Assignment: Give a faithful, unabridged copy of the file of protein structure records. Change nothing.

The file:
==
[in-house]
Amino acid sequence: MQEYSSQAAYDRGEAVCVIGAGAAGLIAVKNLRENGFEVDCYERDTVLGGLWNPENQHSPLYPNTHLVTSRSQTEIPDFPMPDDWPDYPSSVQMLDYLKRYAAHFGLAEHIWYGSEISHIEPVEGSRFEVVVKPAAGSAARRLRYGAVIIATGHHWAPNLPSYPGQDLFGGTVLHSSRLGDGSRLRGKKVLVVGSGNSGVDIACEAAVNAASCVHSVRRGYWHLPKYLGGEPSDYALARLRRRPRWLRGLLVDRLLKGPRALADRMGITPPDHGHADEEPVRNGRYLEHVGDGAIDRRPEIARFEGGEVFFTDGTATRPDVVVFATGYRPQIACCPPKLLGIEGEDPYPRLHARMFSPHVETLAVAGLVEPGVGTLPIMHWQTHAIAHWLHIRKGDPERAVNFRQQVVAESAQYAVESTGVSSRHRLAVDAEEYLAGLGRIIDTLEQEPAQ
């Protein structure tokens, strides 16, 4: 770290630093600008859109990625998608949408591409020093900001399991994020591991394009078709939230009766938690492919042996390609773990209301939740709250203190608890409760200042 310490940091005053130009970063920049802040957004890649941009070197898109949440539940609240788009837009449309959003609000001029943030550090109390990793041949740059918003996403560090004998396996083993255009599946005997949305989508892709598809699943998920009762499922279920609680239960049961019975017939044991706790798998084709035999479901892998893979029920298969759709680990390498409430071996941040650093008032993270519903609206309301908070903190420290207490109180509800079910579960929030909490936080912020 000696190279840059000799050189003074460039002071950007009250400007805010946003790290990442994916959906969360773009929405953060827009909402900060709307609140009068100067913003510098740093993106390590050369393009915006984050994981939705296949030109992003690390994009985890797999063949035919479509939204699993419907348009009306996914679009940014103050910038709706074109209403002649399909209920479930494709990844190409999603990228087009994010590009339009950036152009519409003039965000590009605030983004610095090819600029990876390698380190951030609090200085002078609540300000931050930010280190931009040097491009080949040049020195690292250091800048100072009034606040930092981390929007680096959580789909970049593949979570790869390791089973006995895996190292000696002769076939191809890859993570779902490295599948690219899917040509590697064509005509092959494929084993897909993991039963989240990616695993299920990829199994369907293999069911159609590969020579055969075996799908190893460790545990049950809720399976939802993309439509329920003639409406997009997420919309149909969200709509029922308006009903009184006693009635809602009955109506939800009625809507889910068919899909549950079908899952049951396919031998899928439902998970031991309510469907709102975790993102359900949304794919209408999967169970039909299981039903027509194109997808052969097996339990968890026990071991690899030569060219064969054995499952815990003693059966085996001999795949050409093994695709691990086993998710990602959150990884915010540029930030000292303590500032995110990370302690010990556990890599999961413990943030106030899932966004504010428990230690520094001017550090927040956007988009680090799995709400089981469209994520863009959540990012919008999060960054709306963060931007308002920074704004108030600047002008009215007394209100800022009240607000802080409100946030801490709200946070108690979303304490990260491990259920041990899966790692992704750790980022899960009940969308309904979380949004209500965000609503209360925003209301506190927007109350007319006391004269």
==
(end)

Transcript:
[in-house]
Amino acid sequence: MQEYSSQAAYDRGEAVCVIGAGAAGLIAVKNLRENGFEVDCYERDTVLGGLWNPENQHSPLYPNTHLVTSRSQTEIPDFPMPDDWPDYPSSVQMLDYLKRYAAHFGLAEHIWYGSEISHIEPVEGSRFEVVVKPAAGSAARRLRYGAVIIATGHHWAPNLPSYPGQDLFGGTVLHSSRLGDGSRLRGKKVLVVGSGNSGVDIACEAAVNAASCVHSVRRGYWHLPKYLGGEPSDYALARLRRRPRWLRGLLVDRLLKGPRALADRMGITPPDHGHADEEPVRNGRYLEHVGDGAIDRRPEIARFEGGEVFFTDGTATRPDVVVFATGYRPQIACCPPKLLGIEGEDPYPRLHARMFSPHVETLAVAGLVEPGVGTLPIMHWQTHAIAHWLHIRKGDPERAVNFRQQVVAESAQYAVESTGVSSRHRLAVDAEEYLAGLGRIIDTLEQEPAQ
């Protein structure tokens, strides 16, 4: 770290630093600008859109990625998608949408591409020093900001399991994020591991394009078709939230009766938690492919042996390609773990209301939740709250203190608890409760200042 310490940091005053130009970063920049802040957004890649941009070197898109949440539940609240788009837009449309959003609000001029943030550090109390990793041949740059918003996403560090004998396996083993255009599946005997949305989508892709598809699943998920009762499922279920609680239960049961019975017939044991706790798998084709035999479901892998893979029920298969759709680990390498409430071996941040650093008032993270519903609206309301908070903190420290207490109180509800079910579960929030909490936080912020 000696190279840059000799050189003074460039002071950007009250400007805010946003790290990442994916959906969360773009929405953060827009909402900060709307609140009068100067913003510098740093993106390590050369393009915006984050994981939705296949030109992003690390994009985890797999063949035919479509939204699993419907348009009306996914679009940014103050910038709706074109209403002649399909209920479930494709990844190409999603990228087009994010590009339009950036152009519409003039965000590009605030983004610095090819600029990876390698380190951030609090200085002078609540300000931050930010280190931009040097491009080949040049020195690292250091800048100072009034606040930092981390929007680096959580789909970049593949979570790869390791089973006995895996190292000696002769076939191809890859993570779902490295599948690219899917040509590697064509005509092959494929084993897909993991039963989240990616695993299920990829199994369907293999069911159609590969020579055969075996799908190893460790545990049950809720399976939802993309439509329920003639409406997009997420919309149909969200709509029922308006009903009184006693009635809602009955109506939800009625809507889910068919899909549950079908899952049951396919031998899928439902998970031991309510469907709102975790993102359900949304794919209408999967169970039909299981039903027509194109997808052969097996339990968890026990071991690899030569060219064969054995499952815990003693059966085996001999795949050409093994695709691990086993998710990602959150990884915010540029930030000292303590500032995110990370302690010990556990890599999961413990943030106030899932966004504010428990230690520094001017550090927040956007988009680090799995709400089981469209994520863009959540990012919008999060960054709306963060931007308002920074704004108030600047002008009215007394209100800022009240607000802080409100946030801490709200946070108690979303304490990260491990259920041990899966790692992704750790980022899960009940969308309904979380949004209500965000609503209360925003209301506190927007109350007319006391004269």